Today marks the first day of summer. (This calls for a celebration in the form of an abnormally long title for this post!) Although I still haven’t gotten the chance to go out to the beach, I’ve done something that, in my opinion, has been just as gratifying and pleasant. I’ve been able to sleep about ten hours each night, waking up on my own as the sunlight comes out to play. Apart from all the effects it’s had on my energy levels and the amount of daytime available for me to do everything I need to do, I know there’s another type of great outcome that’s arisen from my new, sleep-inclusive and sleep-embracing lifestyle. So, in an effort to transition into a small (fingers crossed), future post on biorhythms and sleep, I’d like to jog my own memory (and yours) and talk a little about the importance of sleep in terms of our memory.
As a college student and even just as an adult in general, one can quickly get accustomed to sleeping what we each individually deem as necessary. While the recommended amount of sleep essential for proper brain functioning is about 8-9 hours, I cannot stress how often I hear from others that this fact is far from the reality for them. I’ve heard some really surprising statements at times. Here’s just a few:
- “Well, I only really need 5 hours and then I’m good to go.”
- “So what I like to do is divide my 8 hours into two. I go to sleep like at 3 am and wake up early like at 8 am. Then, I take an afternoon nap. I mean, it works out fine.”
- “What I do is that sometimes I pull an all-nighter to do what I need to do. I get up and go to work or class and then I come back and nap for like 12 hours. I get the rest I need and I get my stuff done.”
Here’s to hoping that none of the people I know will stumble upon this exposure of their lifestyles. In truth, I don’t really judge the people that put work or jobs above their need for sleep since I was one of those people not long ago (ahem, six months ago to be exact). BUT, sleep is very necessary for much more important functions than we often consider.
The proper functioning of our memory depends a lot on our sleep, specifically the consolidation of our memories. This is the reason why when we’re young and even throughout school we’re told to get a good night’s sleep before a big exam or any big day. The problem is that what exactly constitutes a “good night’s sleep” is up for interpretation. To address this problem we must first recognize how each segment within the cycle of sleep translates to memory formation:
- Our four sleep cycles can be divided into non-REM (REM as in rapid eye movement) and REM sleep. While each stage is unique, our third stage of non-REM, also known as slow-wave sleep or deep sleep, is largely responsible for consolidation and strengthening of our declarative memories (the what memories)
- Our REM cycle is responsible for consolidating some of our procedural and spatial memory (the how and where memories).
Major Interruptions and Their Repercussions
- According to a study published in 2000 (link below): “REM sleep deprivation leads to substantial fragmentation of sleep architecture. Resulting from the frequent arousals during REM sleep, emotional as well as attentive disturbances can be observed. These disturbances particularly affect retrieval testing performance after sleep.” This means that interruptions during your sleep, or as in scenario #2 above where one only gets less than five hours of sleep and then resorts to afternoon napping, doesn’t allow you to reach necessary REM sleep. This, in turn, alters your ability to retrieve memories (information that has been processed and stored) adequately.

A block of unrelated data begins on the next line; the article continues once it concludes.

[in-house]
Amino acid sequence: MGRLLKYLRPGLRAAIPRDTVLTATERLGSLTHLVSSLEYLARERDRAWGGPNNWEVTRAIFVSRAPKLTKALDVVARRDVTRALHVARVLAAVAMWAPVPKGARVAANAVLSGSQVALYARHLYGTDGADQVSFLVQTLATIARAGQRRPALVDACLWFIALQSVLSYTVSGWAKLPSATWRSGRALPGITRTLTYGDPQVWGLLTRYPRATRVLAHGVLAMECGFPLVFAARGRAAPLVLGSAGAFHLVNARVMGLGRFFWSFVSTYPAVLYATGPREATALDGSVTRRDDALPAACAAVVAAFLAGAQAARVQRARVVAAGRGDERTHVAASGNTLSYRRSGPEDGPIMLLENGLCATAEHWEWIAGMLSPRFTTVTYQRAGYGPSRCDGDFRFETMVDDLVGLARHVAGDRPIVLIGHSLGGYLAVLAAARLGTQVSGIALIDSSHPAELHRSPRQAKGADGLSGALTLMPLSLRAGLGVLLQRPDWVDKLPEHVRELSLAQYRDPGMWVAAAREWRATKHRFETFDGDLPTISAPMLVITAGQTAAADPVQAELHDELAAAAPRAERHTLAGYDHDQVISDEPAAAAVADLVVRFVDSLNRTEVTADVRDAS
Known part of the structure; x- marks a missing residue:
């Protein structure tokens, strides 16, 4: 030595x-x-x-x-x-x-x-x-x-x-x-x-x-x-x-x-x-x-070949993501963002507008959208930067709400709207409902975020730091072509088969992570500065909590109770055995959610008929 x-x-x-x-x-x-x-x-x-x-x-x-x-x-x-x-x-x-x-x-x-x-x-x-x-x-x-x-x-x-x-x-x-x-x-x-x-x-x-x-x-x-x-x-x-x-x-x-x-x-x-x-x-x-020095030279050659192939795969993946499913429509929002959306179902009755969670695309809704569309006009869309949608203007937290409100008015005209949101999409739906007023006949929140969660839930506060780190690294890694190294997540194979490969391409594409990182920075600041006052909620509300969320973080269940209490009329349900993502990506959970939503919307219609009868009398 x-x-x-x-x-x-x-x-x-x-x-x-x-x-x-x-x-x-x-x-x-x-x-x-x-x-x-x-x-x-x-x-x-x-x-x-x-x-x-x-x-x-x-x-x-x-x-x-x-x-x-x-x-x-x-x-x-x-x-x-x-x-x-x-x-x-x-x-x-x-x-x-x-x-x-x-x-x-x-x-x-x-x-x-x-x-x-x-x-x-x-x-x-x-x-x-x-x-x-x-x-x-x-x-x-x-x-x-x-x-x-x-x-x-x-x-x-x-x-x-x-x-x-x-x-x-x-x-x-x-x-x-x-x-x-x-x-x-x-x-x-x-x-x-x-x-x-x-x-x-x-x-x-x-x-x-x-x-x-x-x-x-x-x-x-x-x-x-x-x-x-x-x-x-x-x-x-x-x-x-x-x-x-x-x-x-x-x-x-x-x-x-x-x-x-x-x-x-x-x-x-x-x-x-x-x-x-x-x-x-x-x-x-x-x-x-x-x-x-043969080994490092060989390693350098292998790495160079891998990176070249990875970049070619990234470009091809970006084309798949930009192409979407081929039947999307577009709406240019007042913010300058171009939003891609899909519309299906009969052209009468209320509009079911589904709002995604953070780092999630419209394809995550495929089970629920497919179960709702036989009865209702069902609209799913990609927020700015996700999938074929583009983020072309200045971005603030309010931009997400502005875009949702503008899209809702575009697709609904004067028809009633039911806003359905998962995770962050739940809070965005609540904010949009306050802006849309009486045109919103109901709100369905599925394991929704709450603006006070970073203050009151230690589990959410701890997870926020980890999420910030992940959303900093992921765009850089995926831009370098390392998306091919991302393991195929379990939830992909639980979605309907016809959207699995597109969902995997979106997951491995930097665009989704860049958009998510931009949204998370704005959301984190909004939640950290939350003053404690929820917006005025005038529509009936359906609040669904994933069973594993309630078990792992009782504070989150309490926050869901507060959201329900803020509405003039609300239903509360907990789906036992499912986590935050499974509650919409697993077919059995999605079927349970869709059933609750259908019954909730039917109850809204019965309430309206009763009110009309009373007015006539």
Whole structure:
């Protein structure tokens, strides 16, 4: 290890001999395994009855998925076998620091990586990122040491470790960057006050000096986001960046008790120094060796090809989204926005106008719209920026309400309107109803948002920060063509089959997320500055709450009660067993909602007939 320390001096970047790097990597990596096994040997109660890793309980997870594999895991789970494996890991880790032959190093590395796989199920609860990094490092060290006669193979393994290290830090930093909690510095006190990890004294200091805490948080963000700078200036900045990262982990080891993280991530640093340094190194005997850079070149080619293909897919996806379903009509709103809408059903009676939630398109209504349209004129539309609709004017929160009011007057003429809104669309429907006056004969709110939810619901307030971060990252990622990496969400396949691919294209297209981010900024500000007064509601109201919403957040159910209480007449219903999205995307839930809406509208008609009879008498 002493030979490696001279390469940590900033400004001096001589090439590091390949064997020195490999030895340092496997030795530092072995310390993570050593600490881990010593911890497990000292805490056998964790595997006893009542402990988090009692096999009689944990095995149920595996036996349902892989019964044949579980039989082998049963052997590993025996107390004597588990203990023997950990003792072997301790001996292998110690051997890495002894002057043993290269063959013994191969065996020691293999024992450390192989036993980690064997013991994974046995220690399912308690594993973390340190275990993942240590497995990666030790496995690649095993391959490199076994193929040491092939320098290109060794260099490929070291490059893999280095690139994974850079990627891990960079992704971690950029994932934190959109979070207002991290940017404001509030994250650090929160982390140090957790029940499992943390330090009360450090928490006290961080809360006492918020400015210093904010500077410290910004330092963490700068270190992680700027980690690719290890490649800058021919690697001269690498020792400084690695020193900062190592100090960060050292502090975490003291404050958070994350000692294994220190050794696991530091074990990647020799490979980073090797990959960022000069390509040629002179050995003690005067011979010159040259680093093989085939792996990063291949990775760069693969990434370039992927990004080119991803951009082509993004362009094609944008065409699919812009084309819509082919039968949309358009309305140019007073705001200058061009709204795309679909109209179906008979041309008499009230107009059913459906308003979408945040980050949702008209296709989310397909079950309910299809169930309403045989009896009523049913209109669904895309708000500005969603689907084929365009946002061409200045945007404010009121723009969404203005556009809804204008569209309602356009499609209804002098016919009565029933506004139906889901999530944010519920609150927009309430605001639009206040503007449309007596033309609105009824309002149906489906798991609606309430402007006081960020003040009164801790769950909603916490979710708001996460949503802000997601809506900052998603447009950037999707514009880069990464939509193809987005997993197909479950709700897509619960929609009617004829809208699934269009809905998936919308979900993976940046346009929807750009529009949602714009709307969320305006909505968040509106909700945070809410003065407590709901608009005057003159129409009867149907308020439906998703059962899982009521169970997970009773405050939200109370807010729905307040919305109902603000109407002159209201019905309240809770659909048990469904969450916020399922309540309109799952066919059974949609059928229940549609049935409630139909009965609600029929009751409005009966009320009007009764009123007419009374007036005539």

- The thing about sleep is that it’s a mesh of various stages that occur in cycles, repeatedly. This explains the huge problem with scenario #1. If we do not get the right amount (8-9 hours) continuously, we miss out on getting the essential booster for safely storing our memories and forming the proper connections to retrieve them properly when necessary.
- Finally, looking at scenario #3 we can already start to see that this irregular pattern of sleep that has already become habitual could present huge problems short-term and long-term. It is true that for all three scenarios a person could experience lack of energy and motivation, lack of focus and attention, larger appetite, mood alterations (being cranky and irritated), etc. When abnormal sleep patterns become a habit, then we are also at risk of developing serious health problems. One such problem is Alzheimer’s disease. Yes, that’s right. This is the same disease that progressively destroys our memories among other brain functions. (A link to an article is found below)
While making work or school a priority can provide some sort of instant reward (such as completing our duties and getting that paycheck or good grade), it’s not really worth forgoing sleep. Think about it this way: placing sleep at the bottom of your priority list now is going to end up backfiring and will bring everything you’ve placed on top of it crumbling to pieces. Even more so, sleep is crucial for protecting those irreplacable memories we treasure most.
This post doesn’t cover the entire scope of the beautiful realm of sleep. More papers, articles, and cool websites can be found below.
For more on:
- Just how important sleep is for memory formation:
- Lack of sleep leading to Alzheimer’s:
- Bad sleep habits in general:
- A real simple way to get to know your non-REM and REM:
- The relationship between memory and sleep stages:
- A more detailed, technical paper on how sleep research is conducted and its evolution:
- My favorite: Habits to improve your night’s sleep